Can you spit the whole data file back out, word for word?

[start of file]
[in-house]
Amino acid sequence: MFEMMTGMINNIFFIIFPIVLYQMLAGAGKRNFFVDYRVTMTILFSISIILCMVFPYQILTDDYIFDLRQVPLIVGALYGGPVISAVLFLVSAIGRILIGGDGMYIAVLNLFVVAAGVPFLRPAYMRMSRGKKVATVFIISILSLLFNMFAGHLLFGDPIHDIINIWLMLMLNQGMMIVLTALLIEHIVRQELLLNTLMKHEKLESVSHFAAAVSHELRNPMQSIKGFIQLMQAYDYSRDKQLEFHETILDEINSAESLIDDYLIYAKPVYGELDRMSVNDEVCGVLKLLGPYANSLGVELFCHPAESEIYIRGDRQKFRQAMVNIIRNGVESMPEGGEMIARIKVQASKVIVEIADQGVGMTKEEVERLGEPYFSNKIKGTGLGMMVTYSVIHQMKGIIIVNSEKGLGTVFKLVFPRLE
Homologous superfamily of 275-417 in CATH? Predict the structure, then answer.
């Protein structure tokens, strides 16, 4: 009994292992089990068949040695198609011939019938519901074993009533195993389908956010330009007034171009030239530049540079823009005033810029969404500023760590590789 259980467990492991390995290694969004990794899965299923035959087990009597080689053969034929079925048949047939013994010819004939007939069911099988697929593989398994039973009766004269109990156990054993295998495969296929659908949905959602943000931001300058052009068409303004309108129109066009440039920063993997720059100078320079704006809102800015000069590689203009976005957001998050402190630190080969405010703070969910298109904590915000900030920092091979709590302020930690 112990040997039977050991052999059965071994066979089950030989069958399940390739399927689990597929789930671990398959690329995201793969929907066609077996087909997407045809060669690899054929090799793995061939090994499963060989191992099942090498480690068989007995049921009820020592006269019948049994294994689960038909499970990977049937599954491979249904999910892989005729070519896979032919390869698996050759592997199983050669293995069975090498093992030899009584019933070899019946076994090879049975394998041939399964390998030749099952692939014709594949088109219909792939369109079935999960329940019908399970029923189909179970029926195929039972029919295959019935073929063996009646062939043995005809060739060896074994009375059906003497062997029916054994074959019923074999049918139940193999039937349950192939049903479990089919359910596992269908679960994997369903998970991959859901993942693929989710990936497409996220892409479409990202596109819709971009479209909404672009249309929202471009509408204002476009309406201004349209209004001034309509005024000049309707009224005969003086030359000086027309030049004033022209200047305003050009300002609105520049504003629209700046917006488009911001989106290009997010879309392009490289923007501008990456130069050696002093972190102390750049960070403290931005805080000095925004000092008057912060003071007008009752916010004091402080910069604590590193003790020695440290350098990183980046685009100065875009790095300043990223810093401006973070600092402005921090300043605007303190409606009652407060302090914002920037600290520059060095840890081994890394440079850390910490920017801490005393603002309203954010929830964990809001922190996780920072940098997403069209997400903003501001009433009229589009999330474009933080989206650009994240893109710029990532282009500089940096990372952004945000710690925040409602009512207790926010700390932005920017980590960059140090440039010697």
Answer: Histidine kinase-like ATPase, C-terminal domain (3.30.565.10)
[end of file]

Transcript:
[in-house]
Amino acid sequence: MFEMMTGMINNIFFIIFPIVLYQMLAGAGKRNFFVDYRVTMTILFSISIILCMVFPYQILTDDYIFDLRQVPLIVGALYGGPVISAVLFLVSAIGRILIGGDGMYIAVLNLFVVAAGVPFLRPAYMRMSRGKKVATVFIISILSLLFNMFAGHLLFGDPIHDIINIWLMLMLNQGMMIVLTALLIEHIVRQELLLNTLMKHEKLESVSHFAAAVSHELRNPMQSIKGFIQLMQAYDYSRDKQLEFHETILDEINSAESLIDDYLIYAKPVYGELDRMSVNDEVCGVLKLLGPYANSLGVELFCHPAESEIYIRGDRQKFRQAMVNIIRNGVESMPEGGEMIARIKVQASKVIVEIADQGVGMTKEEVERLGEPYFSNKIKGTGLGMMVTYSVIHQMKGIIIVNSEKGLGTVFKLVFPRLE
Homologous superfamily of 275-417 in CATH? Predict the structure, then answer.
């Protein structure tokens, strides 16, 4: 009994292992089990068949040695198609011939019938519901074993009533195993389908956010330009007034171009030239530049540079823009005033810029969404500023760590590789 259980467990492991390995290694969004990794899965299923035959087990009597080689053969034929079925048949047939013994010819004939007939069911099988697929593989398994039973009766004269109990156990054993295998495969296929659908949905959602943000931001300058052009068409303004309108129109066009440039920063993997720059100078320079704006809102800015000069590689203009976005957001998050402190630190080969405010703070969910298109904590915000900030920092091979709590302020930690 112990040997039977050991052999059965071994066979089950030989069958399940390739399927689990597929789930671990398959690329995201793969929907066609077996087909997407045809060669690899054929090799793995061939090994499963060989191992099942090498480690068989007995049921009820020592006269019948049994294994689960038909499970990977049937599954491979249904999910892989005729070519896979032919390869698996050759592997199983050669293995069975090498093992030899009584019933070899019946076994090879049975394998041939399964390998030749099952692939014709594949088109219909792939369109079935999960329940019908399970029923189909179970029926195929039972029919295959019935073929063996009646062939043995005809060739060896074994009375059906003497062997029916054994074959019923074999049918139940193999039937349950192939049903479990089919359910596992269908679960994997369903998970991959859901993942693929989710990936497409996220892409479409990202596109819709971009479209909404672009249309929202471009509408204002476009309406201004349209209004001034309509005024000049309707009224005969003086030359000086027309030049004033022209200047305003050009300002609105520049504003629209700046917006488009911001989106290009997010879309392009490289923007501008990456130069050696002093972190102390750049960070403290931005805080000095925004000092008057912060003071007008009752916010004091402080910069604590590193003790020695440290350098990183980046685009100065875009790095300043990223810093401006973070600092402005921090300043605007303190409606009652407060302090914002920037600290520059060095840890081994890394440079850390910490920017801490005393603002309203954010929830964990809001922190996780920072940098997403069209997400903003501001009433009229589009999330474009933080989206650009994240893109710029990532282009500089940096990372952004945000710690925040409602009512207790926010700390932005920017980590960059140090440039010697």
Answer: Histidine kinase-like ATPase, C-terminal domain (3.30.565.10)